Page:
Poultry of Minerva

Last week I had the pleasure of being interviewed by Peter Shea, the Bill Moyers of the Twin Cities, for The Bat of Minerva show.

What began as a kind of intellectual portraiture, in which we explored how I got studying the evolution of infectious disease, spiraled into about as broad a thesis on the nature of disease and agriculture and prospects for a just future as I have compiled in one place to date.

The reason–and there is a reason–we talked in such a noisy place is revealed halfway through the interview.

For those night owls out there–or nocturnal bats or poultry off their counter-seasonal photoperiods–the show will be broadcasted locally Sunday midnight (Saturday night) on Metro Cable Network/Channel 6

5 Responses to “Poultry of Minerva”

  1. Interesting piece. Any idea how widely it might be viewed?

    For what its worth, there will be no poultry exposition this summer at the State and County fairs of Ohio either.

    You mentioned Christopher Leonard’s book during the piece – and I’d like to follow up there so I’m just double checking… you are referring to ‘The Meat Racket’ in that reference?

    I haven’t the time right now, but I would like to come back to an aspect of the current contract farming and the grow-out phase of BIG AG that you talk about in the piece. This is a paradigm shift within just one generation so there are many among us who can shed light on how and why decisions were made to go in this direction. Pester me if I forget to come back to this.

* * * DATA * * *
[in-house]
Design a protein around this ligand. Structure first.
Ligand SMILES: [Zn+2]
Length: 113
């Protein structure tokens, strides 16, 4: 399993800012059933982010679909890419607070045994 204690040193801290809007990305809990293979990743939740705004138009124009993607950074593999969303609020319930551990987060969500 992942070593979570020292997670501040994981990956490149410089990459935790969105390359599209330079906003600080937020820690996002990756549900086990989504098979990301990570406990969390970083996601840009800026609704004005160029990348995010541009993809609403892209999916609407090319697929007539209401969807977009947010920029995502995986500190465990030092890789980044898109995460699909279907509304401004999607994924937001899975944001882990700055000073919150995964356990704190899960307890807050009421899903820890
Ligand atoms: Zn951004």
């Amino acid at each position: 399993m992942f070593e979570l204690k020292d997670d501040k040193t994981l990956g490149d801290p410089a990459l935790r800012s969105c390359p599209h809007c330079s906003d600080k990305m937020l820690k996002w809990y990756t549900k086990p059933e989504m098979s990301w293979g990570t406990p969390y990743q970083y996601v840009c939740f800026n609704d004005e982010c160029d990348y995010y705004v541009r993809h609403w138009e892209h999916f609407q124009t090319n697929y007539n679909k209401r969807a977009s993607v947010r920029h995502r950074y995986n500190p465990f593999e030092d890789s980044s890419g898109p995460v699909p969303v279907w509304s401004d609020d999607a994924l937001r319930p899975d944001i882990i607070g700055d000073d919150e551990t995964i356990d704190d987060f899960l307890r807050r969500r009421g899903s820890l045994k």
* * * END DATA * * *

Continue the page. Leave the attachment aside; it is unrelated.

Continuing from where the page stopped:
2. rgwallace Says:

    Not very widely viewed, Clem, but on the record. It’s important to make contributions to a counterhistory. Today’s minority report is, perhaps, tomorrow’s creation story.

    Yes, ‘The Meat Racket’. Terrific, essential book. I’d love to hear more about the generational shift. So consider this my pester.

  3. Costs associated with the bird flu disaster are beginning to come in. Here’s a link outlining some… we’re not quite to a billion $ yet, but most of the cost outlined here are direct. A new water cooler riddle may be in the offing: What do Tyson and Perdue have in common wit Chase and BofA?


  4. rgwallace Says:

    That’s exactly right. Economist Thomas Elam puts the present sticker price at $1.57 billion in direct costs and $3.3 billion in total across the food sector, not counting the $550 million in clean-up costs and the $190 million to contractors for culled birds: http://phenomena.nationalgeographic.com/2015/07/15/bird-flu-2/. The costs for Minnesota approached the profits for the previous turkey season. Another outbreak next year should just about do it.

  5. Are you familiar with Marc Bellemare in the Department of Applied Economics there at U Minn? I don’t know him personally, but have recently found he has (and still does?) studied contract farming.

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